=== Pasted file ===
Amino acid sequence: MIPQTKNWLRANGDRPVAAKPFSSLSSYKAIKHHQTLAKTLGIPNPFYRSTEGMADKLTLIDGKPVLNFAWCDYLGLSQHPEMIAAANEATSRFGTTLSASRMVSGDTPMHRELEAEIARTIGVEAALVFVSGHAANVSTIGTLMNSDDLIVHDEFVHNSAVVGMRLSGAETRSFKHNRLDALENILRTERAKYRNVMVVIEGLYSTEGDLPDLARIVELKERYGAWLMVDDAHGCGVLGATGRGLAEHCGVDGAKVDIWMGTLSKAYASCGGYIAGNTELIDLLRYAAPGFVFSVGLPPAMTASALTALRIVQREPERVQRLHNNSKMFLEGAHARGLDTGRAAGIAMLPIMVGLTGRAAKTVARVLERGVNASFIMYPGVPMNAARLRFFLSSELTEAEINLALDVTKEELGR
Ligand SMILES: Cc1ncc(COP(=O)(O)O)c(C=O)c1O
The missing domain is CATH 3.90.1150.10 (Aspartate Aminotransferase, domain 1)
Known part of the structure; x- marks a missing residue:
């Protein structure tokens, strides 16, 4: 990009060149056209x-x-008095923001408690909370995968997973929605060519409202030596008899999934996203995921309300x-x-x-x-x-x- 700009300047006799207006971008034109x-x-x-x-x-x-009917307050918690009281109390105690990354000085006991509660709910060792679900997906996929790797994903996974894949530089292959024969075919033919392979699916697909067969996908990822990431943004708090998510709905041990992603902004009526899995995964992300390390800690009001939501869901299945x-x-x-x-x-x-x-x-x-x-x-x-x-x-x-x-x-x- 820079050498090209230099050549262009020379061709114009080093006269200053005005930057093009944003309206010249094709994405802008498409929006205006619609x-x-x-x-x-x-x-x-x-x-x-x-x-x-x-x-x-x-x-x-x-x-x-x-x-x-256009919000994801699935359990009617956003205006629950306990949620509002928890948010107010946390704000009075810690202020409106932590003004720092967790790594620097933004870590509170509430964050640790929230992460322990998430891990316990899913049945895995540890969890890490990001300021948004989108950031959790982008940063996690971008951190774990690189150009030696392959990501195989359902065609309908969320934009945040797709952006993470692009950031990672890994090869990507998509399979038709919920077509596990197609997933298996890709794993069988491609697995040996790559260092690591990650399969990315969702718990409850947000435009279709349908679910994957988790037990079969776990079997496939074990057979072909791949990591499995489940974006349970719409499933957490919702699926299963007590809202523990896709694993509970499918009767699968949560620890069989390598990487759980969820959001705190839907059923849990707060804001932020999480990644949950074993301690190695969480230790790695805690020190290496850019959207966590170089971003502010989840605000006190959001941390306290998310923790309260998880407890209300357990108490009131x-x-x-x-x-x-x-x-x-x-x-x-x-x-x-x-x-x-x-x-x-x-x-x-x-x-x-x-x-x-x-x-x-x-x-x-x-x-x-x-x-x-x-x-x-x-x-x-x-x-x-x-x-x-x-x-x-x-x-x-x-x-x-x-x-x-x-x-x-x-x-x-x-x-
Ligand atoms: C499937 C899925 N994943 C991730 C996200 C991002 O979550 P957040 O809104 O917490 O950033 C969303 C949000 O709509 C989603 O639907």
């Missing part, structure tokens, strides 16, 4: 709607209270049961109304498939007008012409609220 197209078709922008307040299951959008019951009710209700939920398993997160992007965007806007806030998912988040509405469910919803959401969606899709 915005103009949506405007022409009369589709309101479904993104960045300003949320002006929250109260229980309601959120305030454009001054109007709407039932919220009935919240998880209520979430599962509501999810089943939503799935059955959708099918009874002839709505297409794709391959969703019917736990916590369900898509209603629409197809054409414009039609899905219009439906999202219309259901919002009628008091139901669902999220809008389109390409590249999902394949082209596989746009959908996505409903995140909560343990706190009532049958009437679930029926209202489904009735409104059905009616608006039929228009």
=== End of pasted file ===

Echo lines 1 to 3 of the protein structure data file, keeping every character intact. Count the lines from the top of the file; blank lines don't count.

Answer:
Amino acid sequence: MIPQTKNWLRANGDRPVAAKPFSSLSSYKAIKHHQTLAKTLGIPNPFYRSTEGMADKLTLIDGKPVLNFAWCDYLGLSQHPEMIAAANEATSRFGTTLSASRMVSGDTPMHRELEAEIARTIGVEAALVFVSGHAANVSTIGTLMNSDDLIVHDEFVHNSAVVGMRLSGAETRSFKHNRLDALENILRTERAKYRNVMVVIEGLYSTEGDLPDLARIVELKERYGAWLMVDDAHGCGVLGATGRGLAEHCGVDGAKVDIWMGTLSKAYASCGGYIAGNTELIDLLRYAAPGFVFSVGLPPAMTASALTALRIVQREPERVQRLHNNSKMFLEGAHARGLDTGRAAGIAMLPIMVGLTGRAAKTVARVLERGVNASFIMYPGVPMNAARLRFFLSSELTEAEINLALDVTKEELGR
Ligand SMILES: Cc1ncc(COP(=O)(O)O)c(C=O)c1O
The missing domain is CATH 3.90.1150.10 (Aspartate Aminotransferase, domain 1)